|Team leader, Barry Chernoff, and Jensen Montambault multi-task |
in the river. Photo Credit: Philip Willink
I chased an army of leaf-cutter ants this morning while we were waiting for the rest of the group to pack their equipment in the cuiaras.
It's one thing to see them on nature shows; it's another to see them marching half a tree down a nine-inch wide, perfectly straight swath.
I learned to seine with the fish team today. A seine is an 8-foot long net, which you hold vertically in the water by looping one corner over your sneakers and holding the other end in your hand. Your partner does the same and a third person crawls along the rocks, scraping the algae and silt to chase any bottom suckers and rock-clingers into the net. We caught cool fish (according to the experts): a head-stander, armored catfish, and South American darter with a greenish tint.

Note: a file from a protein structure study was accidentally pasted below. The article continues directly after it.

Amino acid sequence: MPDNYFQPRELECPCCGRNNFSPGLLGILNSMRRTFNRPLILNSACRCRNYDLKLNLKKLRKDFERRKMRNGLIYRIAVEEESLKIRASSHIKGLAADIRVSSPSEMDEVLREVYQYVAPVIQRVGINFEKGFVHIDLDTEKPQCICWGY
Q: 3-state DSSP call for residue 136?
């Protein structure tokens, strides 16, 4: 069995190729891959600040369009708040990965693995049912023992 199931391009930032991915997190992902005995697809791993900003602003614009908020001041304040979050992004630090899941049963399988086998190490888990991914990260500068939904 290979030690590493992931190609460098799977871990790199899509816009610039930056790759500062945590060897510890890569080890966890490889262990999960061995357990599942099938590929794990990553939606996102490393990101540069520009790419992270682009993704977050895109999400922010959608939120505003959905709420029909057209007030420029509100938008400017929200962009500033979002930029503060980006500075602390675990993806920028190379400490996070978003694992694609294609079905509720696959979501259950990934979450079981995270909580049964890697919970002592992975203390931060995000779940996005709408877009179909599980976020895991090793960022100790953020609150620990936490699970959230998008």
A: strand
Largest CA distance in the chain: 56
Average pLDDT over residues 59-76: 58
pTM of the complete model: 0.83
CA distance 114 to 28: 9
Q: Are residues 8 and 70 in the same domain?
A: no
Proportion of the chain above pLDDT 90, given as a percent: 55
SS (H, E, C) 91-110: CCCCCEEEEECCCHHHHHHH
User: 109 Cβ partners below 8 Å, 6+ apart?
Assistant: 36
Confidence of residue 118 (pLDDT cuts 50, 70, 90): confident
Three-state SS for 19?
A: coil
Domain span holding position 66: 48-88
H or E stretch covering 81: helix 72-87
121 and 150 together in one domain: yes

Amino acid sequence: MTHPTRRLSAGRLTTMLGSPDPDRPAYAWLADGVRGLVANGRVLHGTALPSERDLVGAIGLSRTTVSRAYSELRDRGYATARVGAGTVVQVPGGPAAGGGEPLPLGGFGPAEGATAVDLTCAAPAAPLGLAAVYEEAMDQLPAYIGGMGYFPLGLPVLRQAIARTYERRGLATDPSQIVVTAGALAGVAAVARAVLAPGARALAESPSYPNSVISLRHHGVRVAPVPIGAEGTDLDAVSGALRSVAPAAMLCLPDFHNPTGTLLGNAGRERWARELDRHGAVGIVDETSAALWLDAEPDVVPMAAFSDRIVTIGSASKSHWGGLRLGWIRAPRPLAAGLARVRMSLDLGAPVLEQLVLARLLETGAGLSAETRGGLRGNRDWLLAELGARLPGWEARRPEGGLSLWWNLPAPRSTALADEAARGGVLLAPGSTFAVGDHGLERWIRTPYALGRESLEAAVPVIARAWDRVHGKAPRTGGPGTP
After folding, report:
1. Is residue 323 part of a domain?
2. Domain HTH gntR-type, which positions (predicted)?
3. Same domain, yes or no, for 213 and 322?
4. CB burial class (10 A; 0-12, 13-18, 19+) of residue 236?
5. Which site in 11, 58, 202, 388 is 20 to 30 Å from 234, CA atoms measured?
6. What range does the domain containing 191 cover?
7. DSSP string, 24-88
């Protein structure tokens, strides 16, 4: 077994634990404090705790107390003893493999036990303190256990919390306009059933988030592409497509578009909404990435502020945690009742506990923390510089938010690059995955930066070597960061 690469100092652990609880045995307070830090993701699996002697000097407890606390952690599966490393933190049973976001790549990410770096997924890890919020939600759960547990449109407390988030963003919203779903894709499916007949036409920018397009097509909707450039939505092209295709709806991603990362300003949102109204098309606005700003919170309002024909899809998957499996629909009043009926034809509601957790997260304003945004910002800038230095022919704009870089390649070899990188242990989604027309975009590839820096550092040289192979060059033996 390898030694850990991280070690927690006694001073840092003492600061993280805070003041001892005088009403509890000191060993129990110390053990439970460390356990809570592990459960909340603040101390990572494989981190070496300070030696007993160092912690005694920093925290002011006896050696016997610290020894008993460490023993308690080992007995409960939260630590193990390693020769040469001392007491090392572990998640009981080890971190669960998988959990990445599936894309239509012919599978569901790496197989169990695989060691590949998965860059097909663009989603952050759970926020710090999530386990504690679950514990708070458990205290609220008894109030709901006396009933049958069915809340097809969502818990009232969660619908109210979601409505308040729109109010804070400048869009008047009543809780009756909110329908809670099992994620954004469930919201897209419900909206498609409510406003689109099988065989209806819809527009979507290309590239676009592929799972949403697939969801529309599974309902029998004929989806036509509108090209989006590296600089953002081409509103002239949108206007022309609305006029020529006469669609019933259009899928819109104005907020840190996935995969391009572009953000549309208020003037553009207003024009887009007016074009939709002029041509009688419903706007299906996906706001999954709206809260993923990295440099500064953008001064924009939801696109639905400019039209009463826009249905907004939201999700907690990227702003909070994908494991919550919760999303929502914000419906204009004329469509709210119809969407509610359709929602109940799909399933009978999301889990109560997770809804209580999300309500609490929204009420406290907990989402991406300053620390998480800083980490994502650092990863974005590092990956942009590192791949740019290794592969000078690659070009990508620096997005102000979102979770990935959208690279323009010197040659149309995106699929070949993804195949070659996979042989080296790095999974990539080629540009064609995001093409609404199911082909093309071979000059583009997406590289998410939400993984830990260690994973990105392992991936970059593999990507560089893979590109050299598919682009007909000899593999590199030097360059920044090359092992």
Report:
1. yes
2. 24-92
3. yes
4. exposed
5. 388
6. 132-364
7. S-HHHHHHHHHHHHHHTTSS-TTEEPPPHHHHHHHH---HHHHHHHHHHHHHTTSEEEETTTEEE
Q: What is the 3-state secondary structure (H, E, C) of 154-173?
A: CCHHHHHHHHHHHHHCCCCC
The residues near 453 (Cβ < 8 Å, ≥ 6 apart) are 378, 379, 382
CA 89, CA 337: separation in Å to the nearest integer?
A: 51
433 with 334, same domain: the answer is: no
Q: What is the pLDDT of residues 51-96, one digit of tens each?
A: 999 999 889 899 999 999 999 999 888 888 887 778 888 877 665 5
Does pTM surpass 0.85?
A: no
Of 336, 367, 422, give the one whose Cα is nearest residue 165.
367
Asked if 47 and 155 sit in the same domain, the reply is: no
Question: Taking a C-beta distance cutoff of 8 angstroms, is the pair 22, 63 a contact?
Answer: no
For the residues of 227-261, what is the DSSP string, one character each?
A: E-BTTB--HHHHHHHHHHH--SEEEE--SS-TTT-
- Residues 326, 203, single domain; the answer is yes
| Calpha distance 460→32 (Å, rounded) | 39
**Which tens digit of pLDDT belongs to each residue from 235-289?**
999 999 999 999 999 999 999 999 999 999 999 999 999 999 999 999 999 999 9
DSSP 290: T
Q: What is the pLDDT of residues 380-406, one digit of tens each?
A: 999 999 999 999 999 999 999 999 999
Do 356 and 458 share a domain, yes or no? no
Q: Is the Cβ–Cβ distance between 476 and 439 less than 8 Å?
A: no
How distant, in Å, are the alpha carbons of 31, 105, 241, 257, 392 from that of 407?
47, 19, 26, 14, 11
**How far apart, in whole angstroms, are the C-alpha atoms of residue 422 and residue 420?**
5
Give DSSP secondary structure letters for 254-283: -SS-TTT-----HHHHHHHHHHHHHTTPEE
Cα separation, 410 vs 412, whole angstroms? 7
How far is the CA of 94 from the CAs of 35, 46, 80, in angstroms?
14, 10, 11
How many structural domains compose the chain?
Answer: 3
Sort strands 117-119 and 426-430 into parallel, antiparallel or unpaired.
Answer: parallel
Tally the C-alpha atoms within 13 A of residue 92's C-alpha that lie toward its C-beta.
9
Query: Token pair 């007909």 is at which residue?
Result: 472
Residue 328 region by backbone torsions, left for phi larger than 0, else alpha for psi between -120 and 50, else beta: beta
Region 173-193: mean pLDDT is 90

PEOPLE: Meet Célio Magalhães, freshwater crab specialist.
TOOLS: Clippers are not just for gardening.
SPECIES: Home sweet home! This crab is endemic to the Caura.
As I made my field notes from the boat, I watched a spider the size of a tea saucer sit patiently as a deer fly buzzed around its head. Suddenly it encompassed the fly with its body and rolled around, legs curled up. The fly got away, and silence returned to the forest.
||Our Ye'kwana boat team poses for the camera: |
(Back, L to R) Justino Castro, Lucas Gonzalez, Rogilio Perez, Jose Saramiento, Carmelo Castro, Bonifacio Castro.
(Front, L to R) Luis Florez, Wilfredo Flores.
Photo Credit: Jensen Montambault
— Reported by Jensen Montambault
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